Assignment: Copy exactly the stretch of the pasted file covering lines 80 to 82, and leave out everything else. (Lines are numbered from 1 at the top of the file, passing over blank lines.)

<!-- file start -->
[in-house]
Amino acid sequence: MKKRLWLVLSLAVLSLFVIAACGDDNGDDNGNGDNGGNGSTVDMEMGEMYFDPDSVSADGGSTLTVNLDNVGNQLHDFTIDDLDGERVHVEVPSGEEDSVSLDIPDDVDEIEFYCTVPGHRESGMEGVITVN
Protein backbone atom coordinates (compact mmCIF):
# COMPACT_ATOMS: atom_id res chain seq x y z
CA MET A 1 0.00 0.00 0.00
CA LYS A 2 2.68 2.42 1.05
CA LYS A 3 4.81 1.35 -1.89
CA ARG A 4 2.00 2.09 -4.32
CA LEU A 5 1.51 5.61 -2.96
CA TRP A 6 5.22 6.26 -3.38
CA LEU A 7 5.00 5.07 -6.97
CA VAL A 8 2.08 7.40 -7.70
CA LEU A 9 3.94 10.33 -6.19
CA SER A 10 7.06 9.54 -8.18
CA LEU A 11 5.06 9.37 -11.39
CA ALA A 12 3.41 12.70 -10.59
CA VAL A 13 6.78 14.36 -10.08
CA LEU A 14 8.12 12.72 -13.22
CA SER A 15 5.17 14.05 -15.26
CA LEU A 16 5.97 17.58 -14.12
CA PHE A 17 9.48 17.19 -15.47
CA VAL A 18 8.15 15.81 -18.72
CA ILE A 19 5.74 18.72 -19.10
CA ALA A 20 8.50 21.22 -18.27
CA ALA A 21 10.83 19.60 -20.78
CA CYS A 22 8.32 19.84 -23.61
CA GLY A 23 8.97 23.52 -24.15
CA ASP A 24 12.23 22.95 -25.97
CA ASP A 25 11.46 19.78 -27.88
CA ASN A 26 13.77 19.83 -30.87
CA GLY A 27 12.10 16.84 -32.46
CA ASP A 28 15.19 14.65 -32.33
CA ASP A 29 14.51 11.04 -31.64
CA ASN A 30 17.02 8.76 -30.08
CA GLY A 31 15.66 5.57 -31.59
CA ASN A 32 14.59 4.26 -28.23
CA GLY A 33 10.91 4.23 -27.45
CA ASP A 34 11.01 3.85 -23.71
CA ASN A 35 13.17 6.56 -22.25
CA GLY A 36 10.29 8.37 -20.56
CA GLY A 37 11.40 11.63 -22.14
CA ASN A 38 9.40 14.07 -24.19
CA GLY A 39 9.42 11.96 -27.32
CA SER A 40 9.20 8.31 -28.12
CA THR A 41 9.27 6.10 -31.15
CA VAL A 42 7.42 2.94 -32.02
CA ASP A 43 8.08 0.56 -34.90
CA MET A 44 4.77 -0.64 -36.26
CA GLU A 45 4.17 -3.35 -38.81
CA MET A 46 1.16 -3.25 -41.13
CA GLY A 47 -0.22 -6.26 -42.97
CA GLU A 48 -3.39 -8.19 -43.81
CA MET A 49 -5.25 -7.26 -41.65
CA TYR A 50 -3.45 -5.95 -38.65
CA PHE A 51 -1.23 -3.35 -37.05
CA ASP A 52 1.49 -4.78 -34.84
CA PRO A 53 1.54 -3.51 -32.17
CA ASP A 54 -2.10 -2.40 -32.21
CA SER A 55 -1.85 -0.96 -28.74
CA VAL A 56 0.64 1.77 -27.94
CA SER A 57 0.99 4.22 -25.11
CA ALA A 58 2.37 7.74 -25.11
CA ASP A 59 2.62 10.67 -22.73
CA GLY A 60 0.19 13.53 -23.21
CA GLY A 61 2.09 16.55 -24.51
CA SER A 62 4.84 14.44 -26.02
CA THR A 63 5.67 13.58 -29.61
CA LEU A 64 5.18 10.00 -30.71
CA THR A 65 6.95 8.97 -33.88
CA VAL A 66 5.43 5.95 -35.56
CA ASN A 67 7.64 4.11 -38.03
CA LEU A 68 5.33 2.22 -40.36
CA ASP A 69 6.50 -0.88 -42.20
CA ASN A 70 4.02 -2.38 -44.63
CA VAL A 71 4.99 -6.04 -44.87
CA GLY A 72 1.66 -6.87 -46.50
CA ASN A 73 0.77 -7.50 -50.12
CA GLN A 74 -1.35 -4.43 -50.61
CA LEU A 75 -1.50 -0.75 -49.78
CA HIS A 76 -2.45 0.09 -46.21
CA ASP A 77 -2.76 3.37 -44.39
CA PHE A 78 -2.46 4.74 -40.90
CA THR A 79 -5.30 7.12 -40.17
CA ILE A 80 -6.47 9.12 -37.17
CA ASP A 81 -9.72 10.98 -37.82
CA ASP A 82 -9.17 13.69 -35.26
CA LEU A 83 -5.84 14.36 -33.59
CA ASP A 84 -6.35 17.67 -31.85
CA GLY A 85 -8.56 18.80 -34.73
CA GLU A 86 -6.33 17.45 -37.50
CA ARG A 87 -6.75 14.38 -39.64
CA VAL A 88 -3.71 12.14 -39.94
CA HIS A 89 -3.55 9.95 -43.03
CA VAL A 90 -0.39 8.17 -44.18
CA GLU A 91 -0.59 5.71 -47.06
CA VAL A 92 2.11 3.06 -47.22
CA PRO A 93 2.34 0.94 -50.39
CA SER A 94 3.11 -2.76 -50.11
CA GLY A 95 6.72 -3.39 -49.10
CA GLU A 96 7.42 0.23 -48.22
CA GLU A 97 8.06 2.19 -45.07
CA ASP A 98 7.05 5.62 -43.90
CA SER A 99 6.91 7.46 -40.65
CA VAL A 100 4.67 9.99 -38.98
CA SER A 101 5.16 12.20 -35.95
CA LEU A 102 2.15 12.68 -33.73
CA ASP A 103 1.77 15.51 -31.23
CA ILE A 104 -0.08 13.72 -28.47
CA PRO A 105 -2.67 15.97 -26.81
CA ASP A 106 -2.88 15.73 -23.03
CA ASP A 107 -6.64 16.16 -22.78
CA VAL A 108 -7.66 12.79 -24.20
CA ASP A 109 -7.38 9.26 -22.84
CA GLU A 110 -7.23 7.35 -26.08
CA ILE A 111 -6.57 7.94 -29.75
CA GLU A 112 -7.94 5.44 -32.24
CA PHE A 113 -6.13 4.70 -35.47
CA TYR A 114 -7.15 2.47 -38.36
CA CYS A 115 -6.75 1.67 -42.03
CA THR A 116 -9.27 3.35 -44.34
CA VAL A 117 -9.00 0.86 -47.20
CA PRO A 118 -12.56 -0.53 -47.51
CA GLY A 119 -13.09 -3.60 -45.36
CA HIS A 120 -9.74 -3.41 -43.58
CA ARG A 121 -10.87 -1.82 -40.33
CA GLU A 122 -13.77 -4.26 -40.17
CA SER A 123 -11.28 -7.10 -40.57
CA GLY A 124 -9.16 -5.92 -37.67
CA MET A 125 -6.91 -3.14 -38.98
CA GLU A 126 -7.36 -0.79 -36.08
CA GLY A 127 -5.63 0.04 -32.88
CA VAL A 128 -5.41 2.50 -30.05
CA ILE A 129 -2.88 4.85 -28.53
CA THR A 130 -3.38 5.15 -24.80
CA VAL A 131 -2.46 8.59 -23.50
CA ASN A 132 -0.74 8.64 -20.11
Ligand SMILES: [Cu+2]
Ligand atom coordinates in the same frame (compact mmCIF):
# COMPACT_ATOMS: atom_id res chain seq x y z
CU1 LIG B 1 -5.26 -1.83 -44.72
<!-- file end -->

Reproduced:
CA HIS A 76 -2.45 0.09 -46.21
CA ASP A 77 -2.76 3.37 -44.39
CA PHE A 78 -2.46 4.74 -40.90